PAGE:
After years of serving a grumpy old man, a waitress gets the keys to his house as a tip… But see what she does instead…

“Jessie, because you’re the new girl around here you’ll have to work table 13,” her coworker Mark told her as she put on her apron for her first day as a restaurant waitress.

As Jessie approached table 13, she observed an older man slouching and reading the menu.

Jessie was perplexed. “Why?”

Honey. Terrible. Prepare. Mark said, “Nobody enjoys serving him.”

Jessie asserted, “I can handle anything.”

She shouldn’t have ignored Mark’s words. Mr. Nolan was challenging.

He said, “Who are you?”

“I’m Jessie, what are you having today?” She replied cheerfully.

I drink the same stuff, and you guys always ask me. Tea. Not chilly or sweet. “Two lemon slices and a straw,” he growled.

“Perfect. “What’s for lunch?”

Yet. “Go grab my iced tea!” she demanded.

Jessie was shocked but requested iced tea. The man complained about a basic order. First too sweet, then too chilly. Lemon slices lacked juice. His paper straw was weak.

“We only have paper drinking straws now,” Jessie stated, trying not to become angry about the fourth glass she had made.

“A feeble, dumb generation. “Lasagna,” he replied, throwing the menu at her.

Jessie always smiled. That guy wouldn’t ruin her first day. The lasagna has many issues.

She served six more households after his order took so long. He did tip.

Jessie told Mark at night, “I should have listened.”

“Yeah. Sorry. He laughed.

Jessie refused to be demoralized by a client. For her kids. Her spouse worked overtime to support five children.

She returned to work to improve for them. Her mother volunteered to watch her younger children while she worked.

Jessie was exhausted and barely saw her boys at night. She vowed to play with her kids tomorrow as she fell asleep.

That failed. Because her angry customer made every day harder. Waitressing was harder than she remembered, but the tips were good.

She served grouchy old Mr. Nolan for years, impressing the employees with her manners.

He was patient and learned about her life. He was mostly like a toddler having a tantrum, but sometimes he was nearly polite and asked her about her life. Despite his complaints, he always left a 15% tip, which was wonderful.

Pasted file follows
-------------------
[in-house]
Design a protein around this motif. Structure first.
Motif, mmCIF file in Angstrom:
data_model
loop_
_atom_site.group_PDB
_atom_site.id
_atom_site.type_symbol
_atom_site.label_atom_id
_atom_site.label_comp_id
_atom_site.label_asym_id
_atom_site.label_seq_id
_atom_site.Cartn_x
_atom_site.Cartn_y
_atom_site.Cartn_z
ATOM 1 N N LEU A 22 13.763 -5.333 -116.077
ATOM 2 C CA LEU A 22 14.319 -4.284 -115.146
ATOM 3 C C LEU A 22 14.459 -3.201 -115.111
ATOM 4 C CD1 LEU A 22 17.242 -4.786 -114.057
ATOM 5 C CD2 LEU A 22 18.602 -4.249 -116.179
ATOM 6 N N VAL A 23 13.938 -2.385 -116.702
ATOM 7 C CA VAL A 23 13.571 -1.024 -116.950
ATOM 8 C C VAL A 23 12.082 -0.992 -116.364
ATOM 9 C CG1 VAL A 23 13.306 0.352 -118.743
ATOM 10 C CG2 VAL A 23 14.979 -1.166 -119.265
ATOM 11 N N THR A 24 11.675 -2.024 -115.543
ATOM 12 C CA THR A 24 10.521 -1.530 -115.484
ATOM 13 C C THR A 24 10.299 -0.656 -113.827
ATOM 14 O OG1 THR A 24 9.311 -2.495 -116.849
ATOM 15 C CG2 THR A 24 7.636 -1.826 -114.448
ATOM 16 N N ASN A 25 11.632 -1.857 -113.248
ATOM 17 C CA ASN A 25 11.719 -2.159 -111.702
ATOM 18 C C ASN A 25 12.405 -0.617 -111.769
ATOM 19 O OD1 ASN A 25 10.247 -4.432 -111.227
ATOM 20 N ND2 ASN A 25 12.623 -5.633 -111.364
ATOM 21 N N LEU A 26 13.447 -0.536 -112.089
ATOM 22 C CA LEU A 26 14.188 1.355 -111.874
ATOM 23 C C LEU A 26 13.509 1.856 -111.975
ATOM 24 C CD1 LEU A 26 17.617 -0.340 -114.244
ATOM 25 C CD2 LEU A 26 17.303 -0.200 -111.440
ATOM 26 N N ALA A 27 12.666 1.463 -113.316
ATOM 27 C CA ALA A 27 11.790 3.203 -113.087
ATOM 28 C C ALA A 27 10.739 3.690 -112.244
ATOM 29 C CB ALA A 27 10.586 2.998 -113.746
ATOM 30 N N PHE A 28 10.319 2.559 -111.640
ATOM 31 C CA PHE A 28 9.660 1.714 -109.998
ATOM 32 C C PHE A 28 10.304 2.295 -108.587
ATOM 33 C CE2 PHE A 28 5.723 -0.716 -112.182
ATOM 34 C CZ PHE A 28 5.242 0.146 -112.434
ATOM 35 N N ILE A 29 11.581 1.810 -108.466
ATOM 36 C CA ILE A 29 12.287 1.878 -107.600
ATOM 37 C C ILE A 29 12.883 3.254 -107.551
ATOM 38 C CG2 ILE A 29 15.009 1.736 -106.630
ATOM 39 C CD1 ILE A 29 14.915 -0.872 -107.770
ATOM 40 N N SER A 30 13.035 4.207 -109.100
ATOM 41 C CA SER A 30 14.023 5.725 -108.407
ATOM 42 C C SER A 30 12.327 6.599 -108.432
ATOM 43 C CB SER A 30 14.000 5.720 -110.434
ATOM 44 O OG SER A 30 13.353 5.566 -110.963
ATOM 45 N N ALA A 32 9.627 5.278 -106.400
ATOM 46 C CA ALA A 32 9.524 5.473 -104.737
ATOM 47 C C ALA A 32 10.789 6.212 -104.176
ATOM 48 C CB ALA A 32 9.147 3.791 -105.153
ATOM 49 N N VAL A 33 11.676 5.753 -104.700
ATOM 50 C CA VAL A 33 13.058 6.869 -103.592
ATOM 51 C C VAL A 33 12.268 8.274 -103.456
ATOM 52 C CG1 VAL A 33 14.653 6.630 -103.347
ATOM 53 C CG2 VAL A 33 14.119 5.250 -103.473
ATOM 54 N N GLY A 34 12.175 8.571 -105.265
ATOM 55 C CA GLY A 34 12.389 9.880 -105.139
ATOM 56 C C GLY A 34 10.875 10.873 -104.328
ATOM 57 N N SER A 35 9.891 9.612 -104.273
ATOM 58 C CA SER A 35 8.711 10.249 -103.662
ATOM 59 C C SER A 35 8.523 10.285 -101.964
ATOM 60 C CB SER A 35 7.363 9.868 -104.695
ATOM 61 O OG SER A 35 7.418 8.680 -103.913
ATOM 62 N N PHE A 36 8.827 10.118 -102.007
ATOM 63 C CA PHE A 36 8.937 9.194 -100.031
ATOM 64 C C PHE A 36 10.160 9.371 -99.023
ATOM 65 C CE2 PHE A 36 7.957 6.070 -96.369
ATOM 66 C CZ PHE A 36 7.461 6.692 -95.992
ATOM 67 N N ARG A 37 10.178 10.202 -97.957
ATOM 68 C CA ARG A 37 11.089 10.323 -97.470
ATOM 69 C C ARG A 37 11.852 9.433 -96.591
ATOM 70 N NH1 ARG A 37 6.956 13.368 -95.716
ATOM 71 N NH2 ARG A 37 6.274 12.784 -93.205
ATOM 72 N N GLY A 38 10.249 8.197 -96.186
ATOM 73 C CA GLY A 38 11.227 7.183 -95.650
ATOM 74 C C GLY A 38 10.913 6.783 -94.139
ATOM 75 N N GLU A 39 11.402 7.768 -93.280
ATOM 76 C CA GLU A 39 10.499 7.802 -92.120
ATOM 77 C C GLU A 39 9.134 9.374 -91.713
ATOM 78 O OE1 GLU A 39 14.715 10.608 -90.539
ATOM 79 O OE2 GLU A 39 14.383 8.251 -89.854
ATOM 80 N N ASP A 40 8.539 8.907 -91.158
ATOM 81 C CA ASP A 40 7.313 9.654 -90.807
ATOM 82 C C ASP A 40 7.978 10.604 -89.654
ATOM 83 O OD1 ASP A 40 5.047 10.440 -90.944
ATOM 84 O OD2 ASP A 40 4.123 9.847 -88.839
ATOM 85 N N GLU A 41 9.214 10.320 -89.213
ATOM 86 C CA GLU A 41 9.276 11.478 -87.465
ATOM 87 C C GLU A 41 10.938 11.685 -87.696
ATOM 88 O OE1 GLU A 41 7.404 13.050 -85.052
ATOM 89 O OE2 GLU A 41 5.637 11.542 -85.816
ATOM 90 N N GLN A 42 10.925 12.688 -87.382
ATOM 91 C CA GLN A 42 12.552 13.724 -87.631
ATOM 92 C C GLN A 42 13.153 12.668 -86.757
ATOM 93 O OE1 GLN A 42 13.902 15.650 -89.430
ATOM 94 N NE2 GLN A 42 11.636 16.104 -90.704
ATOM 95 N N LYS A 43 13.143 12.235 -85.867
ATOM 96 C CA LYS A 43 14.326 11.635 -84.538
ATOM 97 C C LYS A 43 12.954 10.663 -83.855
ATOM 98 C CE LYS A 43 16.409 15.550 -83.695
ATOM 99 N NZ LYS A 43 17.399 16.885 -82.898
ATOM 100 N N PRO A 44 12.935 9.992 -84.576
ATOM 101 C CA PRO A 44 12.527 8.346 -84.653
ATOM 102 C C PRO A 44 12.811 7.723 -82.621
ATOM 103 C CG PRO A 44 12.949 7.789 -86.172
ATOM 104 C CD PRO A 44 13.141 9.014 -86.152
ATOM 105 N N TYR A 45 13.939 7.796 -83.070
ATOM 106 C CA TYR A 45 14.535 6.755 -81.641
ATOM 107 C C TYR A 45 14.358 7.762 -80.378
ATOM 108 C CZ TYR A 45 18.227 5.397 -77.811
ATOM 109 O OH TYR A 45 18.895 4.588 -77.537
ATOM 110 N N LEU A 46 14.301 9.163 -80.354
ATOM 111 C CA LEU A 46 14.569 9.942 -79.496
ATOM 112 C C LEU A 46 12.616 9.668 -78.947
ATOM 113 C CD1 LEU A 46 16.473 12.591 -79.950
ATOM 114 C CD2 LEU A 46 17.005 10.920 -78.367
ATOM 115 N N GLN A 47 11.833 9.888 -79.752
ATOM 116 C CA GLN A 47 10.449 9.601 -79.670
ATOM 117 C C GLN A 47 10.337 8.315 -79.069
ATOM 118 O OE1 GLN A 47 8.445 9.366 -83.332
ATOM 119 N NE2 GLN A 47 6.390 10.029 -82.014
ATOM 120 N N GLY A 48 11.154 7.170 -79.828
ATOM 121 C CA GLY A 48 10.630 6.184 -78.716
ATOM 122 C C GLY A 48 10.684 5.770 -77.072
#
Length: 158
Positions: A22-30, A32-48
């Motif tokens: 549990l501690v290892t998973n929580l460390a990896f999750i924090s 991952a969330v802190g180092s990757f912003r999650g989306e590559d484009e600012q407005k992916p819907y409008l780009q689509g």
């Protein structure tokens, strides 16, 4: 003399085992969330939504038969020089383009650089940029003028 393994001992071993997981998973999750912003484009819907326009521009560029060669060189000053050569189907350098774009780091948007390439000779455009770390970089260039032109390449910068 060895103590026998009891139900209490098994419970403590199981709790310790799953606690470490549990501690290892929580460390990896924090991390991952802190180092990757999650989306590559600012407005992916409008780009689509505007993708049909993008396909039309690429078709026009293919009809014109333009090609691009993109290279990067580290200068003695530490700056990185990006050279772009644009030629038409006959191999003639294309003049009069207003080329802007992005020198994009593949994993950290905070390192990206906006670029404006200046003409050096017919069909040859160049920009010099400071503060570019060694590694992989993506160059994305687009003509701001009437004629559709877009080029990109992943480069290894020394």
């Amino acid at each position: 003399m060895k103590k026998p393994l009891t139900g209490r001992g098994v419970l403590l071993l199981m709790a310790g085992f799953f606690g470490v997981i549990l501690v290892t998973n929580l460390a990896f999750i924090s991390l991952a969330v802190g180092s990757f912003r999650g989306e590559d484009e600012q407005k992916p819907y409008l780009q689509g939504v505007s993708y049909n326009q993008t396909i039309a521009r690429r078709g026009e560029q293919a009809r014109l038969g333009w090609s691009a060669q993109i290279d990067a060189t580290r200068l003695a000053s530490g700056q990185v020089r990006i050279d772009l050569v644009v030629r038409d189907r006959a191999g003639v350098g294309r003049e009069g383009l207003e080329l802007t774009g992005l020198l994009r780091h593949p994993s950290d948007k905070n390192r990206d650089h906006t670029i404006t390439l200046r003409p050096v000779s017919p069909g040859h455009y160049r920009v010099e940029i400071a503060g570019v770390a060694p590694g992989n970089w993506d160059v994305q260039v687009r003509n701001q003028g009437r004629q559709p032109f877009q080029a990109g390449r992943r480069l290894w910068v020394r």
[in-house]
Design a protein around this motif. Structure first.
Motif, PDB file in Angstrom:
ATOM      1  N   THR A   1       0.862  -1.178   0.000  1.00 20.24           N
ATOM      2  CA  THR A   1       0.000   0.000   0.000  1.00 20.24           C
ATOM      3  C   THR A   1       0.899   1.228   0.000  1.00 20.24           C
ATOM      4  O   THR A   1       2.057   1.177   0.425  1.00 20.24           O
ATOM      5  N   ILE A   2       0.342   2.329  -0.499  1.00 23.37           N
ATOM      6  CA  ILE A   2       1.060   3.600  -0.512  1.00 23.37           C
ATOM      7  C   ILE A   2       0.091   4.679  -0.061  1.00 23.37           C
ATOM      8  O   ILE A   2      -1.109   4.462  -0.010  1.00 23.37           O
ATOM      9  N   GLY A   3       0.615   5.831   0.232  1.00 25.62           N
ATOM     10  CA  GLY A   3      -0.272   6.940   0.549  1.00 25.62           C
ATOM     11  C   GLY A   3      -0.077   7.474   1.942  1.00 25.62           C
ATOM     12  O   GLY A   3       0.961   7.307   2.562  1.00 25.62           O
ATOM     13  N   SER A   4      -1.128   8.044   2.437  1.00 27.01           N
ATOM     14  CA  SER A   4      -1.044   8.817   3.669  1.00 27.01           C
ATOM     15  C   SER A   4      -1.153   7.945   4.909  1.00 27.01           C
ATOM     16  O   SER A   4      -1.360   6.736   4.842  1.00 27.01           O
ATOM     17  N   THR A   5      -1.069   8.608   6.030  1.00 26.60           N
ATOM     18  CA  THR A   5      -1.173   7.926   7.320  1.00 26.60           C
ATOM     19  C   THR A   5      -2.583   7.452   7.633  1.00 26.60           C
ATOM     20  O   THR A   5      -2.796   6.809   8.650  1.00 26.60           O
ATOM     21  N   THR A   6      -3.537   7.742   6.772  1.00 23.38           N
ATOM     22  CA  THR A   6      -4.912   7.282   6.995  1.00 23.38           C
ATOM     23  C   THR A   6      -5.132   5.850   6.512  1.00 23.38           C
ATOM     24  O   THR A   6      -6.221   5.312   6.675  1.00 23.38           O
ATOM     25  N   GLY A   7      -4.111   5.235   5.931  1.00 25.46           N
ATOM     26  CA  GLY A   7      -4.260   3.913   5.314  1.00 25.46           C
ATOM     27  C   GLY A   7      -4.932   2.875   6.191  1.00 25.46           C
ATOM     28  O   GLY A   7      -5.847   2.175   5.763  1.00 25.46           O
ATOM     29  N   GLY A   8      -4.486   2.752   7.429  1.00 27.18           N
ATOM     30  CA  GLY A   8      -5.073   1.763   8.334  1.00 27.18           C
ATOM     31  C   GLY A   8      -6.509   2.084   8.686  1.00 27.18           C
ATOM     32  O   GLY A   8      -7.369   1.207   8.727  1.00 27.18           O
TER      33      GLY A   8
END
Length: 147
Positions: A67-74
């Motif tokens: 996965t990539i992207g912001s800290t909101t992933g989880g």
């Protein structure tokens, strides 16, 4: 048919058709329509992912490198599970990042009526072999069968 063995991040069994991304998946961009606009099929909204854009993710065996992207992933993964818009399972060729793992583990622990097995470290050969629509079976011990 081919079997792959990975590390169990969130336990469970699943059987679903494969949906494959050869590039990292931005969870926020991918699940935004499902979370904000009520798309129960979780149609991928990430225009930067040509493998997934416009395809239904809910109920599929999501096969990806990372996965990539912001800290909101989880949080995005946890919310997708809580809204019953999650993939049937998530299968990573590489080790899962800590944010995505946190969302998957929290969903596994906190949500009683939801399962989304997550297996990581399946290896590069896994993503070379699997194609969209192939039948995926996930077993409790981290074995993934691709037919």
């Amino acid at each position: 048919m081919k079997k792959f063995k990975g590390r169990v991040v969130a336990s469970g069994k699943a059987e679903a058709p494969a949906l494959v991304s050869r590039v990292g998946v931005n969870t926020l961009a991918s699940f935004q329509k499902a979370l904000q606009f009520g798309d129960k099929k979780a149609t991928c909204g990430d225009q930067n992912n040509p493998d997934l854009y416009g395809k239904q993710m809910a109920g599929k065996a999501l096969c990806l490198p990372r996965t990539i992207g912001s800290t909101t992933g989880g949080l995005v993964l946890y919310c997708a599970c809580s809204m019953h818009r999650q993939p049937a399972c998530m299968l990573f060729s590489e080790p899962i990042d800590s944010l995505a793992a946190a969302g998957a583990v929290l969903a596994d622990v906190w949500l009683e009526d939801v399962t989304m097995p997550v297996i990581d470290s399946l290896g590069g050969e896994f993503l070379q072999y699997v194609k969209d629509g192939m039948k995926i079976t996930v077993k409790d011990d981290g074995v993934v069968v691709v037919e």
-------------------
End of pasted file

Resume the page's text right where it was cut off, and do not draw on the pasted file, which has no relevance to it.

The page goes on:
One day, there was no money. Jessie found a key and a message instead of his usual payment and extra bills.

“Dear Jessie, thank you for enduring this grouchy old man for so long. I’m leaving for a hospice.

Key to my residence. Yours. I’ll provide you my lawyer’s card for official settlement. Goodbye. I didn’t mind my tea being too sweet. See? “It’s my time,” Jessie read aloud, astonished.

She was astonished. To contact him, he left his key, home address, and lawyer’s card. No way. Jessie pondered why he gave his house to a stranger. He’s related.

She asked the lawyer about that hospice so she could visit him and get answers. She saw Mr. Nolan’s thinness. It was clear in the restaurant, but she hadn’t noticed.

The grouchy old man repeated his note and told her it was true.

“Why? Jessie enquired about your kids.

“My kids detest me. They’ve been absent for years. You were the only person who ever smiled at me. Keep that house for your growing family. Huge. She said, “It’s for people like you who can be patient with old things.” Jessie cried.

She didn’t know when she liked Mr. Nolan, but the notion of never seeing him again was too much. Maybe she hated his death alone.

Jessie took her children to meet him that weekend, and the old guy smiled for the first time in years. That’s a thousand tips.

Jessie received the house a few weeks after Mr. Nolan died. His lawyer indicated his family didn’t want anything, therefore she got his entire estate. Her large family valued the magnificent mansion.

Her children loved having their own rooms, and Jessie and her husband had been promoted, improving their finances. In honor of Mr. Nolan, they volunteered at a senior care center.

Jessie focused on the worst-behaved elderly. They reminded her of the man who transformed her life because they were grouchy.